March 29, 2010 / 11:03 PM / 10 years ago

UK agency backs Sanofi's Multaq, in change of tack

* NICE recommends limited use of atrial fibrillation drug

* Body concludes Multaq linked to fewer adverse events

* Move is boost for Sanofi following slow start for Multaq

By Ben Hirschler

LONDON, March 30 (Reuters) - Sanofi-Aventis’s (SASY.PA) heart drug Multaq has been recommended for limited use on Britain’s state health service, after all, following a change of tack by the country’s healthcare costs board.

The decision by the National Institute for Health and Clinical Excellence (NICE) is a welcome piece of good news for the drug to treat atrial fibrillation, or irregular heartbeat, following disappointing global sales since its launch last year.

Andrew Dillon, chief executive of NICE, said on Tuesday the agency had concluded that Multaq, or dronedarone, did have a role to play because it was likely to result in fewer adverse effects than the older generic drug amiodarone.

“Whilst dronedarone has not been shown to be as effective as existing treatment options in controlling atrial fibrillation, and is more expensive, short term evidence suggests that it is associated with fewer side-effects,” he said.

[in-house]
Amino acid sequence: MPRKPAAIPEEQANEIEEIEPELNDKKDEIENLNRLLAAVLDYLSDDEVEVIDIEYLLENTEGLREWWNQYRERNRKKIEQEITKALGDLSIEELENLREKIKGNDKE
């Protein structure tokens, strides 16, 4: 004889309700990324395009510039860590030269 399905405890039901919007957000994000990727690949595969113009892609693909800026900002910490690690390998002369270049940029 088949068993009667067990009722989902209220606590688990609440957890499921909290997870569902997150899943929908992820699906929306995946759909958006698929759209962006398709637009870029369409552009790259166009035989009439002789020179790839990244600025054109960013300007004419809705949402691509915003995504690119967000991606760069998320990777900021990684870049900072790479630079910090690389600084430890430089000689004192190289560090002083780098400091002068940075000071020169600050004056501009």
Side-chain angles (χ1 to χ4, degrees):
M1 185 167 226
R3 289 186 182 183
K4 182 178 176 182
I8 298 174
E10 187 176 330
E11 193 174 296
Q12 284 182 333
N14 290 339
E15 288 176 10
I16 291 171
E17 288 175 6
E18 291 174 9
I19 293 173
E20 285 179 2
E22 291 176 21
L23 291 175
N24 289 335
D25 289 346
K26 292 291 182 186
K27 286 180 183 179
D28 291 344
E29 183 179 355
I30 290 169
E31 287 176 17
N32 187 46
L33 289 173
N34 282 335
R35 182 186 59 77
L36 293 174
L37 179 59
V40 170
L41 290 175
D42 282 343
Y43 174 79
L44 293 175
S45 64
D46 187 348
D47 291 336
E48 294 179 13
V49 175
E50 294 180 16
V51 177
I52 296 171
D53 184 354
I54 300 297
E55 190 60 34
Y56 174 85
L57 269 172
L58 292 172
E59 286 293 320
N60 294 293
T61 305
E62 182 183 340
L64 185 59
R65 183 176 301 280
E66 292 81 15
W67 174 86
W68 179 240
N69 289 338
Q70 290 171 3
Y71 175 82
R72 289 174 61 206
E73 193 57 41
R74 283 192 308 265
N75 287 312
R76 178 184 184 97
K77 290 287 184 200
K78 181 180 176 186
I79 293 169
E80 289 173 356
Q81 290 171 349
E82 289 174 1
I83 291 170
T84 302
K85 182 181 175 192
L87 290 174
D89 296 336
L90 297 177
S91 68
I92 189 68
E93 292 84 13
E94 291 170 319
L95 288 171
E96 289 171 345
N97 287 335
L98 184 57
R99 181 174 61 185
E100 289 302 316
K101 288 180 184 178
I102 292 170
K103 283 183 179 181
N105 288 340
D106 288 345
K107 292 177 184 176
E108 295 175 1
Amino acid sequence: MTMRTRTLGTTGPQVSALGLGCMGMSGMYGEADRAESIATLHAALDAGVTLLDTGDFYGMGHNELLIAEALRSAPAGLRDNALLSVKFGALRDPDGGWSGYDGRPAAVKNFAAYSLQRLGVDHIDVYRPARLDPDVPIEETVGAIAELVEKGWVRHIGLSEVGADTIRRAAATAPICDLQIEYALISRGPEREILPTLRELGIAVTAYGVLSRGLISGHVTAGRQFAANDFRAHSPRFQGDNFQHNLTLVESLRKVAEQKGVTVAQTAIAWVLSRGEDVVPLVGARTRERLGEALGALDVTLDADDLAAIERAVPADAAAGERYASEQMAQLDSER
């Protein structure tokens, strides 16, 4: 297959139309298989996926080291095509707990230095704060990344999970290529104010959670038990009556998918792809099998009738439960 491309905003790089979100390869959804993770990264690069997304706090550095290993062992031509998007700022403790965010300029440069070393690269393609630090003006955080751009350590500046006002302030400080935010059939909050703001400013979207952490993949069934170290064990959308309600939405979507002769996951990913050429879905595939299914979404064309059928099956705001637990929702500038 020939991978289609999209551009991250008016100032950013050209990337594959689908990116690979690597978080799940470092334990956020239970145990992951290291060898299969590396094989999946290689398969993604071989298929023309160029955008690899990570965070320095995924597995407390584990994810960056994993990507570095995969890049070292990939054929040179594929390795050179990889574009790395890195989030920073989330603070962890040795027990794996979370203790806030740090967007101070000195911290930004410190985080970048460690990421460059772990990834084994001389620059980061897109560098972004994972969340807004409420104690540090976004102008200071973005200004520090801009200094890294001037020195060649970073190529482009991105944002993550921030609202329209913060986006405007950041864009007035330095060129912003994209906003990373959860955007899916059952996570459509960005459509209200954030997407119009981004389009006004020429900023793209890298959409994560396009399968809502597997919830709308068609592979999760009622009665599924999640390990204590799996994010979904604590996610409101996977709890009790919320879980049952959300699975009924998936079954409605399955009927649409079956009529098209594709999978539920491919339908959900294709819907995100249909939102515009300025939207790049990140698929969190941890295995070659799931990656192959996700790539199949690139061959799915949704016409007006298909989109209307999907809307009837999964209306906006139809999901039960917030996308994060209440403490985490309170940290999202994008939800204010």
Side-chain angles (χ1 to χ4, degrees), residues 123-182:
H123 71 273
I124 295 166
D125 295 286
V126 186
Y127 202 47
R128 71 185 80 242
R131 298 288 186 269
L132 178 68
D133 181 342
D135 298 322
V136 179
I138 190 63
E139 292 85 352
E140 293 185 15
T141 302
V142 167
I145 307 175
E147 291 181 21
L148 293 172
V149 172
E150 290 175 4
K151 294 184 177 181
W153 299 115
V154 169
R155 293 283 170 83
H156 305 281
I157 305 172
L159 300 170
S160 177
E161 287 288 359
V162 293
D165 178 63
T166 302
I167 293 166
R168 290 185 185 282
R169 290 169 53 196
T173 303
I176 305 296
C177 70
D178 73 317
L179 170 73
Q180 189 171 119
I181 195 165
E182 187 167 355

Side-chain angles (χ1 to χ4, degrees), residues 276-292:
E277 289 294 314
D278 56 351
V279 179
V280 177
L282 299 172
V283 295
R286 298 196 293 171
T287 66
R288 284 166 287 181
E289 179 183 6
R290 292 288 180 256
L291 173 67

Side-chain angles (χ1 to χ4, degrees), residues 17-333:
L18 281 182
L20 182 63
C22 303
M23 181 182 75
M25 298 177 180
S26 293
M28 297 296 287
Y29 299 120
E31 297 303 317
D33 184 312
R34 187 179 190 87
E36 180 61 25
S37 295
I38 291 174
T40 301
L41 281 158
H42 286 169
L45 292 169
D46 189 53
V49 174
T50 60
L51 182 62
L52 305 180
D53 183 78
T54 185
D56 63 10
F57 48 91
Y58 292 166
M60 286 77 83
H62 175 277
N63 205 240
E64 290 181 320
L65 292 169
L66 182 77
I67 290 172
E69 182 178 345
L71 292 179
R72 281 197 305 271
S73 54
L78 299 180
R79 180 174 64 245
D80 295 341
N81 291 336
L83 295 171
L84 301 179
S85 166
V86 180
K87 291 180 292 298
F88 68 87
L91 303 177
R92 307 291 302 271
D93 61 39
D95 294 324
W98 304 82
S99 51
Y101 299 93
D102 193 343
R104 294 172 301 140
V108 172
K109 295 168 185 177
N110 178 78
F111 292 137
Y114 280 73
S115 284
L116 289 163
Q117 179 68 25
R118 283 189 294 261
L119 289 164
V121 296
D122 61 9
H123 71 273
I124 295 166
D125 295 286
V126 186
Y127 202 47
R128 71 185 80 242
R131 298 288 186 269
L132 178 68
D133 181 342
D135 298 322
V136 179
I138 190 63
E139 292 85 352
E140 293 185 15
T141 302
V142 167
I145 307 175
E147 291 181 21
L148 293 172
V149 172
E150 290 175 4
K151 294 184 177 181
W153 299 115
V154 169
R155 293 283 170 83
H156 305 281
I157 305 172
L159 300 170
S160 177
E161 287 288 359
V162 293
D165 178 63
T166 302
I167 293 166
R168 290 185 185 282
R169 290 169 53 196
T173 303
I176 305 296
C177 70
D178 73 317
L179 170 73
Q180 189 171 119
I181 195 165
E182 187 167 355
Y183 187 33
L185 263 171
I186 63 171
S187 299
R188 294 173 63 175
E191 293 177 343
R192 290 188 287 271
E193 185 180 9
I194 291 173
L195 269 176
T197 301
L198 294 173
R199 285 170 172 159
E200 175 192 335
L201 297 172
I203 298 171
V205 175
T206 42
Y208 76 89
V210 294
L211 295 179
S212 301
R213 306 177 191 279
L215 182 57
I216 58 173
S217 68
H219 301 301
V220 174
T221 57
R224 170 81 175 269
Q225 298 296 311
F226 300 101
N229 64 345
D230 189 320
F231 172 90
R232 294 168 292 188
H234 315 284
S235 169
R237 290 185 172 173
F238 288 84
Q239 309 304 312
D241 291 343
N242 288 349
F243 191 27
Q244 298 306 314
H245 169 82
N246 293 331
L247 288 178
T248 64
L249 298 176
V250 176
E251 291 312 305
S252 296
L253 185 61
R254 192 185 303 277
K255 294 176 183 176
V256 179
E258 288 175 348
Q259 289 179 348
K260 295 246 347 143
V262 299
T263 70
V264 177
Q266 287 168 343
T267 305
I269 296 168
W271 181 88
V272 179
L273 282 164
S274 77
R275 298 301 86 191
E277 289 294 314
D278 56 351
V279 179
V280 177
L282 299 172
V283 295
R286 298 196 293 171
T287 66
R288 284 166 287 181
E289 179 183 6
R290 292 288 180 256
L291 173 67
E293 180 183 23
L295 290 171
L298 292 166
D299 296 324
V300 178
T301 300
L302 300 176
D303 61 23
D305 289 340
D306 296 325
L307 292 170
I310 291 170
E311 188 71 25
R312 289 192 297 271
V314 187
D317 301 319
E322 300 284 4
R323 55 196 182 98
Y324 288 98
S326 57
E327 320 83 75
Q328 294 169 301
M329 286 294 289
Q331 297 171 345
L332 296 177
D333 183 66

The latest draft guidance backs limited use of the drug as a second-line treatment in people with additional cardiovascular risk factors whose condition has not been controlled by initial therapy.

NICE noted Multaq cost 2.25 pounds ($3.36) per day, against just 5 pence for the older generic medicine amiodarone.

Analysts see Multaq, which won approval from European medicines regulators in September and was approved in the United States in July, as a key growth driver for Sanofi to see it through the years when patents expire on multibillion-dollar drugs like cancer treatment Taxotere and blood thinner Plavix.

But sales of the drug have been slower than hoped in the key U.S. market and Multaq also received a low score in an assessment by French authorities, which may limit reimbursement in its home market, according to media reports. [ID:nLDE62L057]

Analysts at Jefferies said last week that Multaq’s slow launch ramp-up suggested it might not reach “blockbuster”, or $1 billion-a-year, status and sales could fall well short of consensus expectations.

Multaq generated revenue last year of just 25 million euros ($33.6 million) but current consensus forecasts suggest this should rise to $1.9 billion by 2014, according to Thomson Reuters data.

Atrial fibrillation is an abnormal heart rhythm in which the upper chambers of the heart beat in an uncoordinated way, which can cause palpitations, shortness of breath and fatigue and raise the risk of more serious heart problems and stroke. (Editing by Sharon Lindores) ($1=.6690 Pound) ($1=.7439 Euro)

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